An equal world is an enabled world: Fay and Caroline

12 Mar 2020

Celebrating women’s achievement across our business for International Women’s Day (8 March) we are catching up with some of our inspirational women to hear what gender equality means to them. All this week we will be sharing our interviews with them asking them about their career journey, what this year’s theme ‘an equal world is an enabled world’ means to them, and what advice they would give to their 12-year old selves.

Today, meet Fay, Occupational Health Clinical Director based in Nottingham, UK and Caroline who is Divisional Customer Services Director in our London New Bridge Street office.

What was your career path? How did you get to where you are today?
I qualified as a Registered General Nurse in 1994 – my initial specialities were orthopaedics and urology. Working as an agency nurse for the next 10 years, I gained valuable experience in many areas across the NHS, private healthcare, medical & surgical nursing, oncology and latterly occupational health (OH). 

My first real role in Occupational Health was for United Biscuits in 2005 – where a fabulous OH manager taught and encouraged me and set me on my occupational health career journey. In 2008 I moved to E-on as an Occupational Health Adviser where I experienced excellent case management and wellbeing service provision, as well as achieving a formal OH Qualification at Warwick University. I joined RPS in 2010 and have just completed 10 years of service here. I’ve thoroughly enjoyed every year and each role (Occupational Health Adviser 2010, Senior Occupational Health Adviser 2013, Occupational Health Operational Manager 2016, Occupational Health Clinical Director 2019.

The theme for International Women’s Day this year is ‘an equal world is an enabled world’– what does that mean to you?
I feel that women can have a strong voice and presence, are equal to men and can gain the same experiences and recognition. RPS really embraces this in my view and enables great opportunities for both men and women alike.

What advice would you give your 12-year old self?
Be bold, be fearless, be respectful of others, be approachable, be pragmatic, always work hard and keep your integrity whatever the situation. Don’t be afraid to hold up your hand to get involved and to have a go at anything.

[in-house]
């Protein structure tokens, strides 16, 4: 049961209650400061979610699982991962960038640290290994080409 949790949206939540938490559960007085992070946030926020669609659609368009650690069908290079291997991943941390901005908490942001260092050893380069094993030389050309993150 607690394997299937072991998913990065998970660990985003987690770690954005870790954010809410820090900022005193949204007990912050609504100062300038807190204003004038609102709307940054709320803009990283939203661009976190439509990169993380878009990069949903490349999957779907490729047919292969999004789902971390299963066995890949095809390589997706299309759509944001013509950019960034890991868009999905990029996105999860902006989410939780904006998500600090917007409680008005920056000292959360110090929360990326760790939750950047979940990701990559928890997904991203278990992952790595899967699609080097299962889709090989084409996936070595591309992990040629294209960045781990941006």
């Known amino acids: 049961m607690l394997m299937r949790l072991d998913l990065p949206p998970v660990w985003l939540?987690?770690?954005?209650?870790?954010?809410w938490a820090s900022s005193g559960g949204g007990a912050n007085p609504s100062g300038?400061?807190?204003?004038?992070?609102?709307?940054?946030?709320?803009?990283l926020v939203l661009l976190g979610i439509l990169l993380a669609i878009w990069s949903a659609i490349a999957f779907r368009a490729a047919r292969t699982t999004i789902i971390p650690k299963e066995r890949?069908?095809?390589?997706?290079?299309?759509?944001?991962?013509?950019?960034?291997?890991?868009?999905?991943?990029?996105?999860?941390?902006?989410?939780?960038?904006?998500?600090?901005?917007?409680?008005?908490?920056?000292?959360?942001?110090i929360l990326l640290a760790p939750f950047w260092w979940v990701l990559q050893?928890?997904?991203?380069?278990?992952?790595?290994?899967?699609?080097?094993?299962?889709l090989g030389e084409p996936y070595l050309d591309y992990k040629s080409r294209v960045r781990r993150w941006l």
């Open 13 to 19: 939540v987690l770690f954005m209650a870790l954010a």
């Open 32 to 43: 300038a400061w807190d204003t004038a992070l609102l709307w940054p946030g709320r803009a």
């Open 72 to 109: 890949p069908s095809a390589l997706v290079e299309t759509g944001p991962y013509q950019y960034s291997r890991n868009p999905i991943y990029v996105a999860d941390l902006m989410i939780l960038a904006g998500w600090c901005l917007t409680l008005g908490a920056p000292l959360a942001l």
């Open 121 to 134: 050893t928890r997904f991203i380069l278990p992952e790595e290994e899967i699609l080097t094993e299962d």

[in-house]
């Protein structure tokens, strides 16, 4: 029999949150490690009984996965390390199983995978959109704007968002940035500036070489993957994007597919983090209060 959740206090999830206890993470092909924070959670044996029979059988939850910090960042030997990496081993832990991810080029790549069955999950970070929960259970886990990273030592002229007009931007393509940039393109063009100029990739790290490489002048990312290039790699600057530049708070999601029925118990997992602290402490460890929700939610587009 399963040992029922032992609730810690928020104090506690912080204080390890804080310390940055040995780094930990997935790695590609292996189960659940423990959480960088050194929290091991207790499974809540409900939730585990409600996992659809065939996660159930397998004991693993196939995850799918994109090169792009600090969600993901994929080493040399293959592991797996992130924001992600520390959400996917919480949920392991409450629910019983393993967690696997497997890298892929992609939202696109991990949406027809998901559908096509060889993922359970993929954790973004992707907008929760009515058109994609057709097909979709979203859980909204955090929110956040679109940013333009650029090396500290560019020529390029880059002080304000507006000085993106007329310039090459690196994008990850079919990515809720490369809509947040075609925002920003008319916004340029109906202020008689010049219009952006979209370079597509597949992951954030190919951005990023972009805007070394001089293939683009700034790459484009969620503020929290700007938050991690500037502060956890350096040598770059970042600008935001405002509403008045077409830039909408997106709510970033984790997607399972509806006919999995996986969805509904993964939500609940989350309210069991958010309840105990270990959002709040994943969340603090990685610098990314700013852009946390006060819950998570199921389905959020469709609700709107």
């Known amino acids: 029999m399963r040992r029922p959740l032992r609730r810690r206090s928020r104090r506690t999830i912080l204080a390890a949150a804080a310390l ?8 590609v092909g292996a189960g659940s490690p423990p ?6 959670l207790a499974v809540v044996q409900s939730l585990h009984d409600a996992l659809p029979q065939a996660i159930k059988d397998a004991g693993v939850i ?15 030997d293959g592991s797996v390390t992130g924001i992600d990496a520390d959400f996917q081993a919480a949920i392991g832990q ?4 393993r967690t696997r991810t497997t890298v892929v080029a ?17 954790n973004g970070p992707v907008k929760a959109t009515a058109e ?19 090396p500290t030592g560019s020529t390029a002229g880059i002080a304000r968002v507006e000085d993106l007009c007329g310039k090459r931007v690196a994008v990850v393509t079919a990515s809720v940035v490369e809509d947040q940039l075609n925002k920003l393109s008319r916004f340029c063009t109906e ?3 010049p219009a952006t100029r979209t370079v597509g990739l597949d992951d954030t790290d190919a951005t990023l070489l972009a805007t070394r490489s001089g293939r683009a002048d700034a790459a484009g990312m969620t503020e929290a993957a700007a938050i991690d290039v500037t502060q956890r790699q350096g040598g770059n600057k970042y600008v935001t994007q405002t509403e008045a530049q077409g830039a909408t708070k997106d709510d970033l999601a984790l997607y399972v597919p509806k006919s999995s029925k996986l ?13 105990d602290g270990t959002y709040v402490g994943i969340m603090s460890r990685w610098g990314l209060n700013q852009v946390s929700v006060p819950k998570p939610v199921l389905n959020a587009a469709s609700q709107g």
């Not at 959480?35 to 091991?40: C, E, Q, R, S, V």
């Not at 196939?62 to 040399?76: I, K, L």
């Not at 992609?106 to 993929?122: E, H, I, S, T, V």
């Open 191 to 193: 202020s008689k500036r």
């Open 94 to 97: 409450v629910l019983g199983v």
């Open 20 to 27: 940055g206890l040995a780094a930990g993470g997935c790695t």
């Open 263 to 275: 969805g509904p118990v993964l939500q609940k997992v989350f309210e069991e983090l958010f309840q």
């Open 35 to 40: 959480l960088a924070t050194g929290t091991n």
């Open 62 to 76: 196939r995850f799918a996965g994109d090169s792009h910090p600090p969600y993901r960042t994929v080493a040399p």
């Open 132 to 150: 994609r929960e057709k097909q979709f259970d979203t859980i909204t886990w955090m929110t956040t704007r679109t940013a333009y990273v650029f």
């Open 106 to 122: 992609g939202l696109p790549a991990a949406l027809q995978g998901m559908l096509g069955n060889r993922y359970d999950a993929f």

What was your career path? How did you get to where you are today?
I originally wanted to work in marine biology but missed the A-level biology grades after the course omitted vital modules. I didn’t want to stay at school for an additional year and ended up at Hotel School. It wasn’t the career for me: the hours were crazy with low pay. It was hugely male dominated in the late 70’s and progression to management was a lengthy and very tough route.

Through a recruitment agency I got a great job in London selling commercial stationery, which kick started my 40 year career in sales and customer service. I progressed from sales person to area then regional sales manager before I was invited to join a company selling ventilation and ductwork cleaning. I had progressed to sales director selling technical consultancy services as the business transformed into a consultancy when I was approached by, and moved to, a leading dynamic health and safety consultancy competitor.

I started my career with RPS 10 years ago as Customer Services Director, and enjoy my role today just as much as the day I started. I owe my success and progression, in an at-times tough world, to hard work, dogged determination, will to succeed, the support of those around me and some luck. I have always adhered to the principle my late father instilled into me “never walk over anyone on the way up because you will surely meet them again on the way down – your integrity is everything."

The theme for International Women’s Day this year is ‘an equal world is an enabled world’ – what does that mean to you?
I have always viewed my world through the lens of equality in all respects over the last 40 years: never considering myself to be a woman in a man’s world although I worked predominantly in organisations where the number of men in senior roles outweighed the number of women, The way that we view our work and our lives reflects the way in which we are viewed.

What advice would you give your 12-year old self?
Trust your gut instincts, don’t ignore them and ensure that you never take your eye off the ball at school – get yourself some formal qualifications because it will open opportunities for you and make the path to success a far easier road to travel.



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